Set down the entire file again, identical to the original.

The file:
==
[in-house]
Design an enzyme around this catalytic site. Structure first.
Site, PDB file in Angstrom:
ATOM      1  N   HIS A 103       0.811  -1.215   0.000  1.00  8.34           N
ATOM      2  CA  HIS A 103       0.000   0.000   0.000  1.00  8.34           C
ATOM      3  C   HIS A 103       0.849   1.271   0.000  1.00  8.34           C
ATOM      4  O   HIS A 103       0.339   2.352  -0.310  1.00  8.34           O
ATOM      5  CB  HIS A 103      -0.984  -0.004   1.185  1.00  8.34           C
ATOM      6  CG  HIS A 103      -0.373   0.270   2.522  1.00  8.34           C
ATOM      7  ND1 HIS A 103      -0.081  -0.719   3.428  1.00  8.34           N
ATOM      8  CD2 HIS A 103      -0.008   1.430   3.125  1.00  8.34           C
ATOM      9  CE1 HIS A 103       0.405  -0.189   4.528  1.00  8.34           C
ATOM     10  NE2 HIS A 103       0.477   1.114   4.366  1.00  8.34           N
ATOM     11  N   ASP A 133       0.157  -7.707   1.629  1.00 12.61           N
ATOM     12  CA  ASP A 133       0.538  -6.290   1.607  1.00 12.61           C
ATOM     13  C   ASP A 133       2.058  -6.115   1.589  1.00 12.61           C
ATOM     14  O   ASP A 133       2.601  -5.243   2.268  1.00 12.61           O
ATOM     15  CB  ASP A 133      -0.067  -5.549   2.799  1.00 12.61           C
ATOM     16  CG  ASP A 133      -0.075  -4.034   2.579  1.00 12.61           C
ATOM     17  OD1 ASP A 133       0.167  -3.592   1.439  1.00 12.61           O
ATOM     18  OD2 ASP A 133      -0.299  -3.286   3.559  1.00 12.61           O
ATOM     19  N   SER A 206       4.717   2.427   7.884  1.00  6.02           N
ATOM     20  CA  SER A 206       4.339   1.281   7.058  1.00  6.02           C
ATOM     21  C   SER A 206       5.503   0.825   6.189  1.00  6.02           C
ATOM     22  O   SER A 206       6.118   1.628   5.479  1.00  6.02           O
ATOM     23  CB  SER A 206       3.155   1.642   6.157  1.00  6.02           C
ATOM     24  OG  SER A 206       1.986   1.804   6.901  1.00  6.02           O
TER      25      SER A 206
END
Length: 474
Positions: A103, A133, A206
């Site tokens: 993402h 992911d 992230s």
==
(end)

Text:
[in-house]
Design an enzyme around this catalytic site. Structure first.
Site, PDB file in Angstrom:
ATOM      1  N   HIS A 103       0.811  -1.215   0.000  1.00  8.34           N
ATOM      2  CA  HIS A 103       0.000   0.000   0.000  1.00  8.34           C
ATOM      3  C   HIS A 103       0.849   1.271   0.000  1.00  8.34           C
ATOM      4  O   HIS A 103       0.339   2.352  -0.310  1.00  8.34           O
ATOM      5  CB  HIS A 103      -0.984  -0.004   1.185  1.00  8.34           C
ATOM      6  CG  HIS A 103      -0.373   0.270   2.522  1.00  8.34           C
ATOM      7  ND1 HIS A 103      -0.081  -0.719   3.428  1.00  8.34           N
ATOM      8  CD2 HIS A 103      -0.008   1.430   3.125  1.00  8.34           C
ATOM      9  CE1 HIS A 103       0.405  -0.189   4.528  1.00  8.34           C
ATOM     10  NE2 HIS A 103       0.477   1.114   4.366  1.00  8.34           N
ATOM     11  N   ASP A 133       0.157  -7.707   1.629  1.00 12.61           N
ATOM     12  CA  ASP A 133       0.538  -6.290   1.607  1.00 12.61           C
ATOM     13  C   ASP A 133       2.058  -6.115   1.589  1.00 12.61           C
ATOM     14  O   ASP A 133       2.601  -5.243   2.268  1.00 12.61           O
ATOM     15  CB  ASP A 133      -0.067  -5.549   2.799  1.00 12.61           C
ATOM     16  CG  ASP A 133      -0.075  -4.034   2.579  1.00 12.61           C
ATOM     17  OD1 ASP A 133       0.167  -3.592   1.439  1.00 12.61           O
ATOM     18  OD2 ASP A 133      -0.299  -3.286   3.559  1.00 12.61           O
ATOM     19  N   SER A 206       4.717   2.427   7.884  1.00  6.02           N
ATOM     20  CA  SER A 206       4.339   1.281   7.058  1.00  6.02           C
ATOM     21  C   SER A 206       5.503   0.825   6.189  1.00  6.02           C
ATOM     22  O   SER A 206       6.118   1.628   5.479  1.00  6.02           O
ATOM     23  CB  SER A 206       3.155   1.642   6.157  1.00  6.02           C
ATOM     24  OG  SER A 206       1.986   1.804   6.901  1.00  6.02           O
TER      25      SER A 206
END
Length: 474
Positions: A103, A133, A206
């Site tokens: 993402h 992911d 992230s």